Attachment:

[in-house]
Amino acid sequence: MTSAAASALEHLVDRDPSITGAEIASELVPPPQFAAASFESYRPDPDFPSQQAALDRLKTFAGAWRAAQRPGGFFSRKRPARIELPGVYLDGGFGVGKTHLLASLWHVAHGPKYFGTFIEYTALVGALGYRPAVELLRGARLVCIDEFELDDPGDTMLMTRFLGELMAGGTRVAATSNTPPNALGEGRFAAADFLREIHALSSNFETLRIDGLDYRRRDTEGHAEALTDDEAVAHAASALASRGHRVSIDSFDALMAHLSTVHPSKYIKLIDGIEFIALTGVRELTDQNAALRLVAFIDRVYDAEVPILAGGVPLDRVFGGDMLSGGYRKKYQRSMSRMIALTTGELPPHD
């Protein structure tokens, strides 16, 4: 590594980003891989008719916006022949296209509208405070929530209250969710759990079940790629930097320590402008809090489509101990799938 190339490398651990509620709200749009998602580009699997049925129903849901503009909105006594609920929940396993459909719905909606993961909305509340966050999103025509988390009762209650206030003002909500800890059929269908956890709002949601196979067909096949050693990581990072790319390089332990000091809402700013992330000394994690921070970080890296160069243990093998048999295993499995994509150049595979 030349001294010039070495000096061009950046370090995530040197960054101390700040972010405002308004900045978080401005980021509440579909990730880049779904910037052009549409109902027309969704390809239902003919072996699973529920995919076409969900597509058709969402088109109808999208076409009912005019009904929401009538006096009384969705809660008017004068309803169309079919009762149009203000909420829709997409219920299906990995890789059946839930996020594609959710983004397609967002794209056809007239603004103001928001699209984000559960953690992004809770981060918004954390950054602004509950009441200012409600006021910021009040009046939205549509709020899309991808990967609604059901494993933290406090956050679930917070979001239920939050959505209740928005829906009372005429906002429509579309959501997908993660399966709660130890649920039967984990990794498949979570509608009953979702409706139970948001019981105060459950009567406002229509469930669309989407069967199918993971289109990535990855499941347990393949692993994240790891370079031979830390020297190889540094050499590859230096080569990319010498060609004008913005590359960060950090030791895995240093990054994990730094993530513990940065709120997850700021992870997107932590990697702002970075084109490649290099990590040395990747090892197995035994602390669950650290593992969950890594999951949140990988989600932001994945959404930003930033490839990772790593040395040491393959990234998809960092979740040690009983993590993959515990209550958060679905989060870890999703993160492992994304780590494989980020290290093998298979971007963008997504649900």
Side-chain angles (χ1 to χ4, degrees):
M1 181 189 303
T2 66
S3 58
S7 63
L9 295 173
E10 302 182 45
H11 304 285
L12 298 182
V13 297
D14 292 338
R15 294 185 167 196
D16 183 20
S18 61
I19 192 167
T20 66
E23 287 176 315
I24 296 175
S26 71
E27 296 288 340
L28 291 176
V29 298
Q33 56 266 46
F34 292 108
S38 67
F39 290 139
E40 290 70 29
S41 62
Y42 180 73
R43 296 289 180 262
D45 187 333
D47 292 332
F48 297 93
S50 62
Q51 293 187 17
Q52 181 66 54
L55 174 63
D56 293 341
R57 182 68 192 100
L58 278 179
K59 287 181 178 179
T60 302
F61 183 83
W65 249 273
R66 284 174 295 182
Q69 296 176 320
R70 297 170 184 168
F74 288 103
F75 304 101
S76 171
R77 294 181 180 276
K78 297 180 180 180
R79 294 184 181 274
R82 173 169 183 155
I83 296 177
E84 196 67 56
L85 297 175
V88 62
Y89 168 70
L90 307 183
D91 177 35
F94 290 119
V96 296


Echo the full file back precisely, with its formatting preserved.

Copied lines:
[in-house]
Amino acid sequence: MTSAAASALEHLVDRDPSITGAEIASELVPPPQFAAASFESYRPDPDFPSQQAALDRLKTFAGAWRAAQRPGGFFSRKRPARIELPGVYLDGGFGVGKTHLLASLWHVAHGPKYFGTFIEYTALVGALGYRPAVELLRGARLVCIDEFELDDPGDTMLMTRFLGELMAGGTRVAATSNTPPNALGEGRFAAADFLREIHALSSNFETLRIDGLDYRRRDTEGHAEALTDDEAVAHAASALASRGHRVSIDSFDALMAHLSTVHPSKYIKLIDGIEFIALTGVRELTDQNAALRLVAFIDRVYDAEVPILAGGVPLDRVFGGDMLSGGYRKKYQRSMSRMIALTTGELPPHD
């Protein structure tokens, strides 16, 4: 590594980003891989008719916006022949296209509208405070929530209250969710759990079940790629930097320590402008809090489509101990799938 190339490398651990509620709200749009998602580009699997049925129903849901503009909105006594609920929940396993459909719905909606993961909305509340966050999103025509988390009762209650206030003002909500800890059929269908956890709002949601196979067909096949050693990581990072790319390089332990000091809402700013992330000394994690921070970080890296160069243990093998048999295993499995994509150049595979 030349001294010039070495000096061009950046370090995530040197960054101390700040972010405002308004900045978080401005980021509440579909990730880049779904910037052009549409109902027309969704390809239902003919072996699973529920995919076409969900597509058709969402088109109808999208076409009912005019009904929401009538006096009384969705809660008017004068309803169309079919009762149009203000909420829709997409219920299906990995890789059946839930996020594609959710983004397609967002794209056809007239603004103001928001699209984000559960953690992004809770981060918004954390950054602004509950009441200012409600006021910021009040009046939205549509709020899309991808990967609604059901494993933290406090956050679930917070979001239920939050959505209740928005829906009372005429906002429509579309959501997908993660399966709660130890649920039967984990990794498949979570509608009953979702409706139970948001019981105060459950009567406002229509469930669309989407069967199918993971289109990535990855499941347990393949692993994240790891370079031979830390020297190889540094050499590859230096080569990319010498060609004008913005590359960060950090030791895995240093990054994990730094993530513990940065709120997850700021992870997107932590990697702002970075084109490649290099990590040395990747090892197995035994602390669950650290593992969950890594999951949140990988989600932001994945959404930003930033490839990772790593040395040491393959990234998809960092979740040690009983993590993959515990209550958060679905989060870890999703993160492992994304780590494989980020290290093998298979971007963008997504649900």
Side-chain angles (χ1 to χ4, degrees):
M1 181 189 303
T2 66
S3 58
S7 63
L9 295 173
E10 302 182 45
H11 304 285
L12 298 182
V13 297
D14 292 338
R15 294 185 167 196
D16 183 20
S18 61
I19 192 167
T20 66
E23 287 176 315
I24 296 175
S26 71
E27 296 288 340
L28 291 176
V29 298
Q33 56 266 46
F34 292 108
S38 67
F39 290 139
E40 290 70 29
S41 62
Y42 180 73
R43 296 289 180 262
D45 187 333
D47 292 332
F48 297 93
S50 62
Q51 293 187 17
Q52 181 66 54
L55 174 63
D56 293 341
R57 182 68 192 100
L58 278 179
K59 287 181 178 179
T60 302
F61 183 83
W65 249 273
R66 284 174 295 182
Q69 296 176 320
R70 297 170 184 168
F74 288 103
F75 304 101
S76 171
R77 294 181 180 276
K78 297 180 180 180
R79 294 184 181 274
R82 173 169 183 155
I83 296 177
E84 196 67 56
L85 297 175
V88 62
Y89 168 70
L90 307 183
D91 177 35
F94 290 119
V96 296